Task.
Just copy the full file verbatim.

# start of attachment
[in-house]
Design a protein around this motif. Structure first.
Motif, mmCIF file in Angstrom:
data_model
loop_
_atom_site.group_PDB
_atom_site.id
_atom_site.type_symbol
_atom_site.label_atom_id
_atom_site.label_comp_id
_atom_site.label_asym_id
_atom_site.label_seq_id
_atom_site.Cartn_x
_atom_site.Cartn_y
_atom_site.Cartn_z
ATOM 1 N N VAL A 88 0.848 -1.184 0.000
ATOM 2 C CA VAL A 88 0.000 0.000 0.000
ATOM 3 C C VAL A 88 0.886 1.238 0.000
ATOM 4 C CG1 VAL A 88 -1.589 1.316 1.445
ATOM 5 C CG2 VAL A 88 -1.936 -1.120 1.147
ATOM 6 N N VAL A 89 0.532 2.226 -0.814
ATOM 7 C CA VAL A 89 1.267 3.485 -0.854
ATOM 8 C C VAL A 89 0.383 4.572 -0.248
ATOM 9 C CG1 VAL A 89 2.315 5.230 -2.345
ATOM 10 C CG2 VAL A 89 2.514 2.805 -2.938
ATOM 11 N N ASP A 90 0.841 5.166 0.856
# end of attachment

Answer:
[in-house]
Design a protein around this motif. Structure first.
Motif, mmCIF file in Angstrom:
data_model
loop_
_atom_site.group_PDB
_atom_site.id
_atom_site.type_symbol
_atom_site.label_atom_id
_atom_site.label_comp_id
_atom_site.label_asym_id
_atom_site.label_seq_id
_atom_site.Cartn_x
_atom_site.Cartn_y
_atom_site.Cartn_z
ATOM 1 N N VAL A 88 0.848 -1.184 0.000
ATOM 2 C CA VAL A 88 0.000 0.000 0.000
ATOM 3 C C VAL A 88 0.886 1.238 0.000
ATOM 4 C CG1 VAL A 88 -1.589 1.316 1.445
ATOM 5 C CG2 VAL A 88 -1.936 -1.120 1.147
ATOM 6 N N VAL A 89 0.532 2.226 -0.814
ATOM 7 C CA VAL A 89 1.267 3.485 -0.854
ATOM 8 C C VAL A 89 0.383 4.572 -0.248
ATOM 9 C CG1 VAL A 89 2.315 5.230 -2.345
ATOM 10 C CG2 VAL A 89 2.514 2.805 -2.938
ATOM 11 N N ASP A 90 0.841 5.166 0.856